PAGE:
... tips for teachers, from World Tai Chi & Qigong Day

Below is an article from the Kansas City Star.

It is a perfect example of how World Tai Chi & Qigong Day can help you as a local teacher or school benefit from the resources we've worked so hard to provide to you.

You'll notice extensive medical research sited in the article, which was sourced from HOWEVER, most of the article featured the "LOCAL" teacher. World T'ai Chi & Qigong Day provides you with background data, medical research on tai chi & qigong, and a global annual event, which can help YOU or YOUR SCHOOL get more media attention, and thereby be able to help more people learn about the benefits tai chi & qigong offer them.

You'll note that the article sites BOTH the local teachers' website and

Therefore, we hope you'll use the resources we've provided you, BUT ALSO, that you'll mention in your press releases. Let them know that YOU and YOUR SCHOOL are part of this global event, and they can see your local listing there. Urge them to utilize the voluminous medical and other research resources we've created to help you appeal to your local media with.

Warm regards,

Bill Douglas, World T'ai Chi & Qigong Day Founder,

p.s. Also, visit our WTCQD Event Organizing Kits, our Getting Your Articles Published, and our
Medical Research, Headline News, and our Tai Chi & Qigong Life Benefits Sections for ideas.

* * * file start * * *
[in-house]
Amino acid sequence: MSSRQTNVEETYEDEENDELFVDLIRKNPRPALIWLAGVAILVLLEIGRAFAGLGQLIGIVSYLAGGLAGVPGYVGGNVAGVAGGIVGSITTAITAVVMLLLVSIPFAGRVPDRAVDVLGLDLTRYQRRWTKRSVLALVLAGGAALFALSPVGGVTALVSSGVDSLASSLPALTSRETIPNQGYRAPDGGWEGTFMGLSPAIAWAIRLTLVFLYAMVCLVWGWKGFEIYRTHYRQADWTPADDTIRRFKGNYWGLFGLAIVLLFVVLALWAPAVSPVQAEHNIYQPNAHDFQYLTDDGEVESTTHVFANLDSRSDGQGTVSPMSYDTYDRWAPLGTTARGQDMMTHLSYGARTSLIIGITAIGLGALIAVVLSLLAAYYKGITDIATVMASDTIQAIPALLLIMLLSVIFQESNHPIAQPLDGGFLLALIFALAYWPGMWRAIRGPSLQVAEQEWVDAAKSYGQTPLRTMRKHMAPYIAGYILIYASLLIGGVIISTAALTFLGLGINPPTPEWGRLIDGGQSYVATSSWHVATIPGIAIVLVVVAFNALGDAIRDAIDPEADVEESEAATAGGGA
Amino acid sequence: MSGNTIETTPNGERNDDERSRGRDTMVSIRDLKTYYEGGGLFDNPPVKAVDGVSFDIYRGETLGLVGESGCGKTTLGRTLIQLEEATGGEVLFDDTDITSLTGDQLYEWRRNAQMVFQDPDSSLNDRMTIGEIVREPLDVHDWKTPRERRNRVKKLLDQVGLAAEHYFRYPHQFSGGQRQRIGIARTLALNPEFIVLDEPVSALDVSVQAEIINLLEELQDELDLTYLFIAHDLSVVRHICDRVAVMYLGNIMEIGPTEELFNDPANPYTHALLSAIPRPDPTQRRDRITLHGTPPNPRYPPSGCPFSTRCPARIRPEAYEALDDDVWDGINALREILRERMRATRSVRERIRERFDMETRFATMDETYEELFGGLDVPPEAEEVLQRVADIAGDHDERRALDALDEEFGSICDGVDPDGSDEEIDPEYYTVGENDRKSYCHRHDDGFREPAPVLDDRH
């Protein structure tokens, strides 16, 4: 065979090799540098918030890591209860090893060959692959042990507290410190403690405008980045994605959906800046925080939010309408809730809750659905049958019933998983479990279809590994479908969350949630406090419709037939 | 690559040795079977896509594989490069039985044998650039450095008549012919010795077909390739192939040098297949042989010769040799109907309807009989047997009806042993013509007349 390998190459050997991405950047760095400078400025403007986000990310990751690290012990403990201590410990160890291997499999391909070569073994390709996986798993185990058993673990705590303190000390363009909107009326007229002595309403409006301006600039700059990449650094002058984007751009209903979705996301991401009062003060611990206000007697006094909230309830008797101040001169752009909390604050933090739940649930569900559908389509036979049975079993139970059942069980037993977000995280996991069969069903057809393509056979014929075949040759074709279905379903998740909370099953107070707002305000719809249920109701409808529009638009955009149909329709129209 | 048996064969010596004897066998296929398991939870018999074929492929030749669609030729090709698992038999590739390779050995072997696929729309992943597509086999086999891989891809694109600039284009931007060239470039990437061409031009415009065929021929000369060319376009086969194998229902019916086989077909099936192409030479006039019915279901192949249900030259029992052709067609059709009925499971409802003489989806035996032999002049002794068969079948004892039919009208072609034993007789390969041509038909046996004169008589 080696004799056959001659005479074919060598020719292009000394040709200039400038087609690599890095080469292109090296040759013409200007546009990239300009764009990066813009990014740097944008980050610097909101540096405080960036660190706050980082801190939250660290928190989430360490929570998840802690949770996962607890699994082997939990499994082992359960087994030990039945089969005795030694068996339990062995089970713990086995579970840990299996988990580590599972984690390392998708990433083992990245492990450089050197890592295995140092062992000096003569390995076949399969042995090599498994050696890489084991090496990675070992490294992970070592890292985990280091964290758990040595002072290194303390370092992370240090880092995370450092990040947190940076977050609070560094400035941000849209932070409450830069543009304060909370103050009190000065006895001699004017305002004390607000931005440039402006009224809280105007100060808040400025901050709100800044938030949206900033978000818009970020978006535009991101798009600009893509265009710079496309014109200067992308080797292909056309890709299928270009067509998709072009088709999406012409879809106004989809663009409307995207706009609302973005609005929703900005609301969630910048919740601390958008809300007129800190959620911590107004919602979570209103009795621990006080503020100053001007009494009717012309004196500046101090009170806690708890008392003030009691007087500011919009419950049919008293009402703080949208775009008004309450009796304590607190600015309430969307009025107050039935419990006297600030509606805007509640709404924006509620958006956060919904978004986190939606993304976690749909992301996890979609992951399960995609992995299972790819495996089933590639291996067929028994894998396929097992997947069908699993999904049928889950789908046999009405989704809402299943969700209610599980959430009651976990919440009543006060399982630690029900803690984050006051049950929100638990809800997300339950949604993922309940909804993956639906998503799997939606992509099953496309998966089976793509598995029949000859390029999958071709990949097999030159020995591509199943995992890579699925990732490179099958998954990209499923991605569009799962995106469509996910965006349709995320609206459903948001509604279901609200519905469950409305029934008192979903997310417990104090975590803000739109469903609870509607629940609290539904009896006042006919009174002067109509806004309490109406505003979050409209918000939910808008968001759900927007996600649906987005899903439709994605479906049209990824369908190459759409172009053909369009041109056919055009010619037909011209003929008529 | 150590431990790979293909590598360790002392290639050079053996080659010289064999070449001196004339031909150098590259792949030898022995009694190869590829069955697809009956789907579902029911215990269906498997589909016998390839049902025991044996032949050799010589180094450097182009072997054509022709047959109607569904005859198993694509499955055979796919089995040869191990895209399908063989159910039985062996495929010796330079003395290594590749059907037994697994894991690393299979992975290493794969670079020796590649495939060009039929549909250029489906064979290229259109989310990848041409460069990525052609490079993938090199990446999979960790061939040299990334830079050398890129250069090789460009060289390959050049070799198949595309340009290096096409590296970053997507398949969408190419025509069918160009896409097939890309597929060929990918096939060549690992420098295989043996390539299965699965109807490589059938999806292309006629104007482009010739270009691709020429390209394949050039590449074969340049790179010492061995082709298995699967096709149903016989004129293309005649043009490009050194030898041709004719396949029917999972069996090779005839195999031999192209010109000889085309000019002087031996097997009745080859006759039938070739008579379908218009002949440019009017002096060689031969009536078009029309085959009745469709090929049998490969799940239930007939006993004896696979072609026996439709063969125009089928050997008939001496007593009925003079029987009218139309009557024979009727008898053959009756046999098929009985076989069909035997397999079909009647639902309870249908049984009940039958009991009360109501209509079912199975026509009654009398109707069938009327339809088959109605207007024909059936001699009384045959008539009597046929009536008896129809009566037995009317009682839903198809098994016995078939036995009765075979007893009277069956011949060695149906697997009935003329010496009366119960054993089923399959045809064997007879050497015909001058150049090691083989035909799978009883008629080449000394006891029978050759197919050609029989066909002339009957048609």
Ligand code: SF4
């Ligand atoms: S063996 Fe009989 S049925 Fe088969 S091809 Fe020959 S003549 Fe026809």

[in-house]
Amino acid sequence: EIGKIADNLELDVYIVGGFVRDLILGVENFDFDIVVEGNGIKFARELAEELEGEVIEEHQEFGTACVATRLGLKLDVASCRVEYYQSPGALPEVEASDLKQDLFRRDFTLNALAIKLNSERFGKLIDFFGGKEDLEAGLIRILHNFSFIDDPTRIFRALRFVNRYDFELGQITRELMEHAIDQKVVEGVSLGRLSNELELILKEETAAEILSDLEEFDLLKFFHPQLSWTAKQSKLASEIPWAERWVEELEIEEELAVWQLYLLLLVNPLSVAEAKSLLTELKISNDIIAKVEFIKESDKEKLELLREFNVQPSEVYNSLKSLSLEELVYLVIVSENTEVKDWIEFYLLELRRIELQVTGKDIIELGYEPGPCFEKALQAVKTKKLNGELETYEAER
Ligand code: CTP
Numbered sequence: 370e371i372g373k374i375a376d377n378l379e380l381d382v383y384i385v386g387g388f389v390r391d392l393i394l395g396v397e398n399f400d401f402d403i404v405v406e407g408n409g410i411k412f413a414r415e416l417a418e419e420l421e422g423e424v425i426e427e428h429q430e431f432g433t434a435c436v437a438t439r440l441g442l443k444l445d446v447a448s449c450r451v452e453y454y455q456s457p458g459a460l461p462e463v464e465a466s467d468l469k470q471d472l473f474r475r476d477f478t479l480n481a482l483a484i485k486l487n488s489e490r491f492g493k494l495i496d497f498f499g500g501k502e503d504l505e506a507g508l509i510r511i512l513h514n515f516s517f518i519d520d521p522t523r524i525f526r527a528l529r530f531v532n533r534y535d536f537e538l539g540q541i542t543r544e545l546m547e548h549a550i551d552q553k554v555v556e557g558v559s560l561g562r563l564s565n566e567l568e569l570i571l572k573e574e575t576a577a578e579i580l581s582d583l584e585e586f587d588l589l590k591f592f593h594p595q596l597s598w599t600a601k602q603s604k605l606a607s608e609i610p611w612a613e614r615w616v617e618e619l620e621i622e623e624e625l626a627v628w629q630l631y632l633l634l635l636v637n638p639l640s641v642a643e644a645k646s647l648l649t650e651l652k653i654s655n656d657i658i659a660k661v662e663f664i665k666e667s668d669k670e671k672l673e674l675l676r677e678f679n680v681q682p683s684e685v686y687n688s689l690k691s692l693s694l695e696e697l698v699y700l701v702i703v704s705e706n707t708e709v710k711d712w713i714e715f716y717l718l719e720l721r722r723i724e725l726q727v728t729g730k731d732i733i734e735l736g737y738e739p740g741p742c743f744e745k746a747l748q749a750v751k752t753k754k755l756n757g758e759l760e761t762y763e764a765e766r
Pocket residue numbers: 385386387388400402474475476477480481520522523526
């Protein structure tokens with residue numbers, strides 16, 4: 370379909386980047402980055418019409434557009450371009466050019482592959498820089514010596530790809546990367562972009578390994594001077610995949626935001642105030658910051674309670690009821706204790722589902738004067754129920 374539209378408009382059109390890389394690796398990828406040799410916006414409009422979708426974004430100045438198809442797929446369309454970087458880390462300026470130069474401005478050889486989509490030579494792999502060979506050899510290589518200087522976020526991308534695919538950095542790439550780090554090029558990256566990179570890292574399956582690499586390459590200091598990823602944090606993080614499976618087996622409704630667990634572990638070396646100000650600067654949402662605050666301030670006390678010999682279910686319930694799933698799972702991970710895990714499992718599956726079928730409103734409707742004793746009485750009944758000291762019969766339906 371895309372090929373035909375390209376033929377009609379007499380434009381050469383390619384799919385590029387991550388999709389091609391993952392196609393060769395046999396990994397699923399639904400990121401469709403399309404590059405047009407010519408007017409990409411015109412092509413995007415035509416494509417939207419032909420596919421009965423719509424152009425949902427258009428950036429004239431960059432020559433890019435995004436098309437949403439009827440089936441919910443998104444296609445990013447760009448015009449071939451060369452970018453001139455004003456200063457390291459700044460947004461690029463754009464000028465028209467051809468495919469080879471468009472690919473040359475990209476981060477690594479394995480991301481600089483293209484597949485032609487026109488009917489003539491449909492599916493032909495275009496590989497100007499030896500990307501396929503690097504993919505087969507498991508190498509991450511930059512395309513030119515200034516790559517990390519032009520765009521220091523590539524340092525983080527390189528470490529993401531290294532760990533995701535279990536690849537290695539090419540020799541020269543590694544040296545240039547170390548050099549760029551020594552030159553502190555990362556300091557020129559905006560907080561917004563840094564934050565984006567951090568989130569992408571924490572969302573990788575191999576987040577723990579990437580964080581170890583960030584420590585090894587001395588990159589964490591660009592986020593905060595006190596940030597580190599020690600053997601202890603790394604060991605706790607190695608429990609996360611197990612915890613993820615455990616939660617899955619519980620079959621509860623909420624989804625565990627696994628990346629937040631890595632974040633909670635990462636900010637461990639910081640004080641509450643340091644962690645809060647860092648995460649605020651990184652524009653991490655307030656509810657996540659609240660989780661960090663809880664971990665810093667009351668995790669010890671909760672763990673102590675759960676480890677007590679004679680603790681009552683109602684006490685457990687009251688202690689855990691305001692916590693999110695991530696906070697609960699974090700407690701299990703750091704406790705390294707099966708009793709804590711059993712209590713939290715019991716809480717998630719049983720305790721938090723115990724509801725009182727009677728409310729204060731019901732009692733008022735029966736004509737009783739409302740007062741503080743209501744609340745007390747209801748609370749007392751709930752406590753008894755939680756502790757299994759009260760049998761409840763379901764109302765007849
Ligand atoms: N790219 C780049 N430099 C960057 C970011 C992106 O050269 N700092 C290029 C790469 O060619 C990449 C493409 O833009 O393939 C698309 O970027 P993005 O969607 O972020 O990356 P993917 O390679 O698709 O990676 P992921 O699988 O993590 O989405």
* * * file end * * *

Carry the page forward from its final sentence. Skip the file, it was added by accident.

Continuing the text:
If you write articles for websites, feel free to use the below videos on Tai Chi and Qigong science, etc, in your articles.

We ask they remain un-edited and that you credit with a live link, citing us as a resource readers can use.

Informational Videos on Tai Chi & QG Science, etc.
The Kansas City Star   
Thursday, March 10th, 2005    
======================================= solutions =========================
Tai chi
art form
works for
any body

By Doug Worgul
The Kansas City Star

tai chi - (KC Star Article)
tai chi - (KC Star Article)
The ancient Chinese weren't all that different from us. They wanted to live long healthy lives. So do we.

We have developed formidable medical technologies that have prolonged our lives, but often the quality of our longer lives isn't what it could be or should be.

Because we 21st-century Americans tend to eat too much and exercise too little -- which contributes to diabetes, arthritis and other chronic conditions -- many of us spend our later years suffering from limited and painful mobility, which severely limits the number and nature of the life-enhancing activities in which we may engage.

The ancient Chinese martial art form, tai chi, is all about mobility. And it's something that virtually everyone can do.

"Mobility probably wasn't the main reason tai chi was created," say Rick Gibbins, head instructor at the American Kenpo Karate Academy in Westport. "But, it is one of its primary benefits. There's a direct relationship between mobility and longevity, because once you lose your ability to walk, everything else starts to break down."

Tai Chi has become popular enough the last decade that images of parks full of folks practicing its graceful, fluid motions have become familiar. Gibbins explains that these prescribed and precise motions are centered in the knees and hips. This enhances balance while strengthening tendons.

"There are a lot of tendon injuries in weight-lifting exercise," says Gibbins. "It's just the opposite with tai chi. It gently stretches tendons, which increases flexibility, which increases overall mobility."